If you booked a trip in late 2021 using Kayak, the travel search company, odds are you were reading advertisements strategized by a robot.
You may not be aware of it, but AI is coming to a marketing firm near you. AI is increasingly being used to digest loads of consumer data and suggest strategies that would appeal to a given demographic.
Kayak worked with a NY ad agency called Supernatural Development, LLC. Supernatural’s AI suggested Kayak’s target market of young, upper-income men would likely respond to humor about Americans’ inability to agree on basic facts in politics and pop culture. Kayak decided to give it a go.
While others in the industry built feel-good travel ads around family reunions and memorable times at the beach, Kayak went with a satirical campaign that poked fun at conspiracy theories. According to Matthew Clarke, vice president of North American marketing, the campaign was one of Kayak’s most successful to date in driving brand favorability.
Proponents are quick to point out AI won’t replace marketers – merely save them time sifting through data so they can focus their attention on other parts of their job, enabling them to do it quicker and more efficiently. Supporters also point out AI helps agencies think outside the box and find news ways to approach familiar subjects without falling back on the same old approaches.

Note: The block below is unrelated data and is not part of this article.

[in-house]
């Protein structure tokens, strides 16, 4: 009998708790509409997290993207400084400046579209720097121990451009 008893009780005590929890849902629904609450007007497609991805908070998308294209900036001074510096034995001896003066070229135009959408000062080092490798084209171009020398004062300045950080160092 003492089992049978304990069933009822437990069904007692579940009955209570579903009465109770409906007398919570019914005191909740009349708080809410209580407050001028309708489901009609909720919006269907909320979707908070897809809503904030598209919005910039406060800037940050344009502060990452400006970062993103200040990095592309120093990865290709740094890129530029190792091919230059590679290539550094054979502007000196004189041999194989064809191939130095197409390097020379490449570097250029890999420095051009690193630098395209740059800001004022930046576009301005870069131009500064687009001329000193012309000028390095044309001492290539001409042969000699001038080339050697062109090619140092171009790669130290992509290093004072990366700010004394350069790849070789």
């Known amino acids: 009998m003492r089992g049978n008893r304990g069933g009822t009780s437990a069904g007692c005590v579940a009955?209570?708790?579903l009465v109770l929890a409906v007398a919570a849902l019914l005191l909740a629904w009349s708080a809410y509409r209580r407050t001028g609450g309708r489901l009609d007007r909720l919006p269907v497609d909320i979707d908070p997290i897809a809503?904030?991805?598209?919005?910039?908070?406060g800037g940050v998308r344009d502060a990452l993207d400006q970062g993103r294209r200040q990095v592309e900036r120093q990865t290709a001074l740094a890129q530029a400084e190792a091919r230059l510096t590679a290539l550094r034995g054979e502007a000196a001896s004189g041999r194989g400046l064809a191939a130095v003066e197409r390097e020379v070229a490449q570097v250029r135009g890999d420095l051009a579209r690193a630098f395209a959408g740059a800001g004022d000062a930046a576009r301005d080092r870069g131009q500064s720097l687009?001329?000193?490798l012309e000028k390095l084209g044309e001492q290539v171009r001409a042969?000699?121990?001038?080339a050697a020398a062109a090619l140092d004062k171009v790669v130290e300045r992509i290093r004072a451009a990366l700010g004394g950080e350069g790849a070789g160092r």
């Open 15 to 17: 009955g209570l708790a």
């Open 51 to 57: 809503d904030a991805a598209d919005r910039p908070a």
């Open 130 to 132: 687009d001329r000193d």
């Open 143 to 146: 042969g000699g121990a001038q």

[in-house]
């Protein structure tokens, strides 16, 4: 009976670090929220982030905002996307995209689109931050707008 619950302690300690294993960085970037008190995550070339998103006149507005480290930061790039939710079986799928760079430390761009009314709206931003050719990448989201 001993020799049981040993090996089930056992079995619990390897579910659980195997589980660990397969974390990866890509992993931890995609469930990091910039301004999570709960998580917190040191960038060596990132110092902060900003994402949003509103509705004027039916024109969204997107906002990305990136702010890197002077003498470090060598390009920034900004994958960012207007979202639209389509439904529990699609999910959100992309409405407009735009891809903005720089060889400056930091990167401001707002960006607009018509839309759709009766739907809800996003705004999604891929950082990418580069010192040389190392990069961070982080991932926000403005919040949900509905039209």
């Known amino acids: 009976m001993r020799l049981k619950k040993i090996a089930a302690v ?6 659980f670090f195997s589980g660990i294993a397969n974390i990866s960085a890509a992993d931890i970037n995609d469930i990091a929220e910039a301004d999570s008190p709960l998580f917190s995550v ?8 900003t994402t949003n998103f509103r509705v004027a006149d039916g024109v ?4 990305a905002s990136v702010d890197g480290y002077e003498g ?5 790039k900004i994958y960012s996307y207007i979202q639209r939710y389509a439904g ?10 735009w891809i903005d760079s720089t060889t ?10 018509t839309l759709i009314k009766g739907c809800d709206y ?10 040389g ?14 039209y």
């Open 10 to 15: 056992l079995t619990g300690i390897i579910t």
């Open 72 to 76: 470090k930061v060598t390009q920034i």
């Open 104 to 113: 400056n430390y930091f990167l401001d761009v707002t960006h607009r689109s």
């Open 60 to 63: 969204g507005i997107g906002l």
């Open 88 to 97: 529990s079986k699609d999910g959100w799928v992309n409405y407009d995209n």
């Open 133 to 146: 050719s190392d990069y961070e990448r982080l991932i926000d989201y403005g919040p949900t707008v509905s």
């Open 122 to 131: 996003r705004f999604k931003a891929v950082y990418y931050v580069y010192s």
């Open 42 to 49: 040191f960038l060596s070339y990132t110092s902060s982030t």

“AI is just the tool that is freeing me to do my job,” says Supernatural Chief Creative Officer, Paul Caiozzo.
AI has been used for some time to serve marketers in a creative capacity, such as testing thousands of tiny variations on ad copy, or analyzing color schemes to learn which ones consumers respond to most favorably. Even so, according to the global chief creative officer of ad giant WPP PLC, “Sometimes we need to throw logic out the window and fall back on our intuition.”
How will AI continue to shape the future of marketing?